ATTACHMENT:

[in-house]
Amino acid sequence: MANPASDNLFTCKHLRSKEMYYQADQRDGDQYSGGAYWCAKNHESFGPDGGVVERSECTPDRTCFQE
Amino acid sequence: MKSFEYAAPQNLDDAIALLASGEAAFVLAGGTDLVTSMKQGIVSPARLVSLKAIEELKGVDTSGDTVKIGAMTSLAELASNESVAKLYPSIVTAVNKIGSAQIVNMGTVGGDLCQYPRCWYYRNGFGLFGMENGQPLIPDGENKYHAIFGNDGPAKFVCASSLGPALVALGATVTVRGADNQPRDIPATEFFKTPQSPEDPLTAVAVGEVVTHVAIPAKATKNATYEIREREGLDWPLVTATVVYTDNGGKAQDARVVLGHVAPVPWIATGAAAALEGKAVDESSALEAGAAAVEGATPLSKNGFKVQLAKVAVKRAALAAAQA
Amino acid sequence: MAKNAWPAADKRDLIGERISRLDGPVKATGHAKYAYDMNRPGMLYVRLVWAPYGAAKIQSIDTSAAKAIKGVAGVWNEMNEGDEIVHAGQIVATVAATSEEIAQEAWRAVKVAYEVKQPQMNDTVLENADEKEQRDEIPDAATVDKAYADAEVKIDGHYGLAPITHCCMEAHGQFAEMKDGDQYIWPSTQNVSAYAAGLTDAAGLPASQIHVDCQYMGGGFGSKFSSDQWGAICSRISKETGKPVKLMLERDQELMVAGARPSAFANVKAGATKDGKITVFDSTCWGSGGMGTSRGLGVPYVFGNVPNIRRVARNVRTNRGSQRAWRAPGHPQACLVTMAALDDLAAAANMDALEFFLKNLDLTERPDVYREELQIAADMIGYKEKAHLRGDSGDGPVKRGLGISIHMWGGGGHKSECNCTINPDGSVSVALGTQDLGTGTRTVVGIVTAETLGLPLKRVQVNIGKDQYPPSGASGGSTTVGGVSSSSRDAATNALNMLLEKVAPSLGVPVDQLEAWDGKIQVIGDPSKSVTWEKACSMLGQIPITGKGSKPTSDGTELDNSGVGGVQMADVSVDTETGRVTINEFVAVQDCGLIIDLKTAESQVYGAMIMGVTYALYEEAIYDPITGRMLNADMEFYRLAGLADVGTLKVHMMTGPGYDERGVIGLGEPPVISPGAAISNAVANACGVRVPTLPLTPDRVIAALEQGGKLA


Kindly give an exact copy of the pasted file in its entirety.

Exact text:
[in-house]
Amino acid sequence: MANPASDNLFTCKHLRSKEMYYQADQRDGDQYSGGAYWCAKNHESFGPDGGVVERSECTPDRTCFQE
Amino acid sequence: MKSFEYAAPQNLDDAIALLASGEAAFVLAGGTDLVTSMKQGIVSPARLVSLKAIEELKGVDTSGDTVKIGAMTSLAELASNESVAKLYPSIVTAVNKIGSAQIVNMGTVGGDLCQYPRCWYYRNGFGLFGMENGQPLIPDGENKYHAIFGNDGPAKFVCASSLGPALVALGATVTVRGADNQPRDIPATEFFKTPQSPEDPLTAVAVGEVVTHVAIPAKATKNATYEIREREGLDWPLVTATVVYTDNGGKAQDARVVLGHVAPVPWIATGAAAALEGKAVDESSALEAGAAAVEGATPLSKNGFKVQLAKVAVKRAALAAAQA
Amino acid sequence: MAKNAWPAADKRDLIGERISRLDGPVKATGHAKYAYDMNRPGMLYVRLVWAPYGAAKIQSIDTSAAKAIKGVAGVWNEMNEGDEIVHAGQIVATVAATSEEIAQEAWRAVKVAYEVKQPQMNDTVLENADEKEQRDEIPDAATVDKAYADAEVKIDGHYGLAPITHCCMEAHGQFAEMKDGDQYIWPSTQNVSAYAAGLTDAAGLPASQIHVDCQYMGGGFGSKFSSDQWGAICSRISKETGKPVKLMLERDQELMVAGARPSAFANVKAGATKDGKITVFDSTCWGSGGMGTSRGLGVPYVFGNVPNIRRVARNVRTNRGSQRAWRAPGHPQACLVTMAALDDLAAAANMDALEFFLKNLDLTERPDVYREELQIAADMIGYKEKAHLRGDSGDGPVKRGLGISIHMWGGGGHKSECNCTINPDGSVSVALGTQDLGTGTRTVVGIVTAETLGLPLKRVQVNIGKDQYPPSGASGGSTTVGGVSSSSRDAATNALNMLLEKVAPSLGVPVDQLEAWDGKIQVIGDPSKSVTWEKACSMLGQIPITGKGSKPTSDGTELDNSGVGGVQMADVSVDTETGRVTINEFVAVQDCGLIIDLKTAESQVYGAMIMGVTYALYEEAIYDPITGRMLNADMEFYRLAGLADVGTLKVHMMTGPGYDERGVIGLGEPPVISPGAAISNAVANACGVRVPTLPLTPDRVIAALEQGGKLA